Now you can say it was destined to happen, and it probably was once the world discovered it could do the same stuff cheaper, but then there was an issue where the replacement work was heavily skewed towards the already-rich, things like financial services, but the powers that be required a large mass of workers to support the rich, and so for some bizarre reason we decided to import large numbers of migrants from these countries so the workers could get even cheaper to support the rich, thus making the underlying problem even worse.

        But the rich didn't care - they were rich, were getting richer, and any social problems won't affect them.

        The question so what to do about it though really boils down to sustainability, so workers would make things here for large cost (think hipsters in Shoreditch selling organic coffee for £10 a cup, or t-shirts for £20 each) but applied to the rest of the country, and a reduction in population so the ability to do this becomes realistic. Minimum wage would have to rise massively, and benefits reduced massively too. And all that would require firm borders that prevent the $1 t-shirts from coming in, or the welfare migrants, or the economic migrants willing to work for next to nothing too.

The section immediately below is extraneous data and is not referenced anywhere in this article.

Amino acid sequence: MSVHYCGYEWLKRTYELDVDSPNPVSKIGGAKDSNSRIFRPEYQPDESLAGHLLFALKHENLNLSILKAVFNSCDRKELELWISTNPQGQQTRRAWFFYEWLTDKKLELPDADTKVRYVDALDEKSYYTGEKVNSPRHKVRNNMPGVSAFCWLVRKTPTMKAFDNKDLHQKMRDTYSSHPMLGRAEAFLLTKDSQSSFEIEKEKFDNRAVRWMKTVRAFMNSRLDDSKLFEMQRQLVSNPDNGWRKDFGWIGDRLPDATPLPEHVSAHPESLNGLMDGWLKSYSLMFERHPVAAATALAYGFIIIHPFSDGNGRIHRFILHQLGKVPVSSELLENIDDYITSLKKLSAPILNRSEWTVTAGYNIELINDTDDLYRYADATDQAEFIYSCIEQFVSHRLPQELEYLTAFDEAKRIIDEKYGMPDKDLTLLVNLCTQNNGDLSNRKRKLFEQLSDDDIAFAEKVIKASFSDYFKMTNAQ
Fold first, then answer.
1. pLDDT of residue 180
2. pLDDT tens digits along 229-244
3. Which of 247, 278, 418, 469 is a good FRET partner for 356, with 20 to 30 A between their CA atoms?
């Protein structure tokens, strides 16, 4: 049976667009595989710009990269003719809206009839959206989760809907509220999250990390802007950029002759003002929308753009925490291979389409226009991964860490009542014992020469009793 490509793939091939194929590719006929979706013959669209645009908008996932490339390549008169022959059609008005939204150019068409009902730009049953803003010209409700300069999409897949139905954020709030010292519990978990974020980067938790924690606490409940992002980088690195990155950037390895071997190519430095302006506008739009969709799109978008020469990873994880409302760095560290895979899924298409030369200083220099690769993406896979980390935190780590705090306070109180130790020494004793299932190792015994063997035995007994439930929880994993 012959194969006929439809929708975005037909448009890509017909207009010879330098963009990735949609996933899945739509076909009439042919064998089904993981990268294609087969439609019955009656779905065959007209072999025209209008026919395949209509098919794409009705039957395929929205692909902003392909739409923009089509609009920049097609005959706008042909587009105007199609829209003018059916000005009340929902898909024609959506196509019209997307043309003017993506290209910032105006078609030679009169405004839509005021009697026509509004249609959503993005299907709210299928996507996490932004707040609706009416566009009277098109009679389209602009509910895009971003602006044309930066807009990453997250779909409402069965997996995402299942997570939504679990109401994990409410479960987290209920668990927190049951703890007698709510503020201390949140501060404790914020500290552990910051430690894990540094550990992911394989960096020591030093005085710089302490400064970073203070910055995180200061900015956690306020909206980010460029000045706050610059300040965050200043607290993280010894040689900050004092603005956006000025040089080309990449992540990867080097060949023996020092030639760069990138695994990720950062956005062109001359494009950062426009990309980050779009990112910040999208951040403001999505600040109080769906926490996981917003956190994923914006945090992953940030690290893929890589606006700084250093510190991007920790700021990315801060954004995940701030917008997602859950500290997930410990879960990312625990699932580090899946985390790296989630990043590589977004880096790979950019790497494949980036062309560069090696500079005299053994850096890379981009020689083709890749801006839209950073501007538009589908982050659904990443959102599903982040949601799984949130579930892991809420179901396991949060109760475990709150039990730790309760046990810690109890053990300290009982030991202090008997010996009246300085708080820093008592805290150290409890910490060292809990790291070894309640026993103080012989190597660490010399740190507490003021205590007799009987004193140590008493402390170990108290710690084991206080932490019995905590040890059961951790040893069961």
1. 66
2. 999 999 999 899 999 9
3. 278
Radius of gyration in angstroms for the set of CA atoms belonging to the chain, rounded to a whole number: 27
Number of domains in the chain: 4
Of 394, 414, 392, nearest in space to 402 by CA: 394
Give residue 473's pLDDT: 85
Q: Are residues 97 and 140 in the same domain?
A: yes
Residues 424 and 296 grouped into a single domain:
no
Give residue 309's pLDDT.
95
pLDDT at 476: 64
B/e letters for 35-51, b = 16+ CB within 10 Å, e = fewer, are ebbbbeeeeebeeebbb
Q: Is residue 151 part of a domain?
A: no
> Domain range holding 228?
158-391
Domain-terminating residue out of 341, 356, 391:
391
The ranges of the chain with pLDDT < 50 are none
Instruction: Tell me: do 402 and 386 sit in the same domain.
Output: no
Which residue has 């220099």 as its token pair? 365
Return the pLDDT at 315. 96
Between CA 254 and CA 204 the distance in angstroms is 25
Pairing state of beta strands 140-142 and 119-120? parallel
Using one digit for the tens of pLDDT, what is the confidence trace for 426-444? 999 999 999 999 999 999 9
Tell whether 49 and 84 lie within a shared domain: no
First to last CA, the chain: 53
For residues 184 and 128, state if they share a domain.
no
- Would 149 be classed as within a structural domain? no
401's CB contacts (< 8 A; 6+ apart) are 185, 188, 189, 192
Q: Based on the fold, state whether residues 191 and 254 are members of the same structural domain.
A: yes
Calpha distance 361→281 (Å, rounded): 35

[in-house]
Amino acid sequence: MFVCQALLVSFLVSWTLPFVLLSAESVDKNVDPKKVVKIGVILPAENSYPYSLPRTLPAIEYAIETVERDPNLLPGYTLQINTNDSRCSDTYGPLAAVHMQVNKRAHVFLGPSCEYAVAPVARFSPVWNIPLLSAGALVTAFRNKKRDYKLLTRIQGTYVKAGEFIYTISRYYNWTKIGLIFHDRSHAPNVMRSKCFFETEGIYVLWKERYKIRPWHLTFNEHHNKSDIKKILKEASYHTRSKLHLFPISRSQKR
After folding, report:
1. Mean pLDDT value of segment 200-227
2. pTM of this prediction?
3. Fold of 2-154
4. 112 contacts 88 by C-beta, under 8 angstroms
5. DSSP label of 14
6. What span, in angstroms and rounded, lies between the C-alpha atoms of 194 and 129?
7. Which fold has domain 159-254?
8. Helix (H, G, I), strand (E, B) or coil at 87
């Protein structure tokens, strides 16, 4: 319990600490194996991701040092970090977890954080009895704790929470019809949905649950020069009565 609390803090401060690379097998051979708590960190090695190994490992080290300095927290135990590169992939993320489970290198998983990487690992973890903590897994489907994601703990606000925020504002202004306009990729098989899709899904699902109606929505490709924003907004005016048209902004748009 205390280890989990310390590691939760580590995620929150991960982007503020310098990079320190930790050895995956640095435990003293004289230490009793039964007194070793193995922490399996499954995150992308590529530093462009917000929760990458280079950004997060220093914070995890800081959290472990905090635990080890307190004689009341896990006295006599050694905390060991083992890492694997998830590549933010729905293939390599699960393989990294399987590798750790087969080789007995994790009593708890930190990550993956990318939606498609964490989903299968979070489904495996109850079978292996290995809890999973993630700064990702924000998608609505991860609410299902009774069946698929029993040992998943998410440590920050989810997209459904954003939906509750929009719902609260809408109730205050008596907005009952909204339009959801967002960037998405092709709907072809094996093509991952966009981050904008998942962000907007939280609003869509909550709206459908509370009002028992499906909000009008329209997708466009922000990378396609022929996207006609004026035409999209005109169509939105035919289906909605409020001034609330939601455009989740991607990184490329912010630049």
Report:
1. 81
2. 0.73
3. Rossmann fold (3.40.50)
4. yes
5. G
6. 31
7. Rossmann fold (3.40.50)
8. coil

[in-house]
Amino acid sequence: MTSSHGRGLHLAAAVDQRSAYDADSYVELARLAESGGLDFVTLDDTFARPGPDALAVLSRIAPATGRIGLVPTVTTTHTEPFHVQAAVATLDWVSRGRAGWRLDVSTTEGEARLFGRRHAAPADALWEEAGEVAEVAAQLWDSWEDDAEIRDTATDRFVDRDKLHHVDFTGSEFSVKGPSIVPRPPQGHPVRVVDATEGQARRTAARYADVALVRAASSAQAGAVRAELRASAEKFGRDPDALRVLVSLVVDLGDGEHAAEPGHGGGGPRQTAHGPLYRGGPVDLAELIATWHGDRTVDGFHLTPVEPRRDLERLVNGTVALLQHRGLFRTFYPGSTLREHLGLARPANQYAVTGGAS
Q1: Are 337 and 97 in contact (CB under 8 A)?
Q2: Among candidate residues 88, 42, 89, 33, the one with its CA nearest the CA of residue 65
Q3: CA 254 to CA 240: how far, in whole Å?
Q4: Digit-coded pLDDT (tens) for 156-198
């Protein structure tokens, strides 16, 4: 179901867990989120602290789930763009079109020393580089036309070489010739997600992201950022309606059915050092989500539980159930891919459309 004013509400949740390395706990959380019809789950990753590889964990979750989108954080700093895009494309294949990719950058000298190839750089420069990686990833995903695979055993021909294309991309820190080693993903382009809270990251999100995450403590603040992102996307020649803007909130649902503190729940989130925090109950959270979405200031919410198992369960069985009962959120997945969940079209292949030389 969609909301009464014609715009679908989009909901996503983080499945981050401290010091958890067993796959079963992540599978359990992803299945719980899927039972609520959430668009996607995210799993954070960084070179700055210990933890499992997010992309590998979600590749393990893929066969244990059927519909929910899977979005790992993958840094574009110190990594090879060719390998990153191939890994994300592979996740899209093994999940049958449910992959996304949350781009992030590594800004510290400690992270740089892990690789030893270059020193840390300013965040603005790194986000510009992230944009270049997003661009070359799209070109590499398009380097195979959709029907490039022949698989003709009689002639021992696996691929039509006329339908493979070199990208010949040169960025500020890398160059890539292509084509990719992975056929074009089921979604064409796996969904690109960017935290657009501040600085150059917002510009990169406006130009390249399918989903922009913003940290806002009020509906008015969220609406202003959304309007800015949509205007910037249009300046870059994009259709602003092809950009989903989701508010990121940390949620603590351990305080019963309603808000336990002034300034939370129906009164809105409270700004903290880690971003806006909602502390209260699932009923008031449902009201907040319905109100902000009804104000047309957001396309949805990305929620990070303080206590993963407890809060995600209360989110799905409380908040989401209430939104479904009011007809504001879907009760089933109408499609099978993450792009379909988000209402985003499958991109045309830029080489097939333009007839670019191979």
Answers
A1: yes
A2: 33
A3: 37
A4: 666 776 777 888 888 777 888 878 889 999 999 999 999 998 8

And that'll never be allowed to happen, the rich like their workers to be cheap - back when the borders were thrown open in 1997, the cry was that nannies and builders were demanding too much and we needed to make them cheaper so those with too much money got to keep more of it for themselves. And so it'll continue. There's a reason the rich "metropolitan elites" want to remain in the EU so the status quo can continue without impediment.

        • by AmiMoJo ( 196126 )

          Stopping globalism would have delayed the inevitable for a few decades at most. The more workers are paid the more money can be spent on automation that is ultimately cheaper. That's exactly what happened in the industrial revolution.

          The point of the EU is to create a free trade zone with a level playing field. Where it breaks down is when new countries join and temporarily have much lower wages. Ireland and Spain were like that when they joined, but quickly came up to similar levels to the other members. T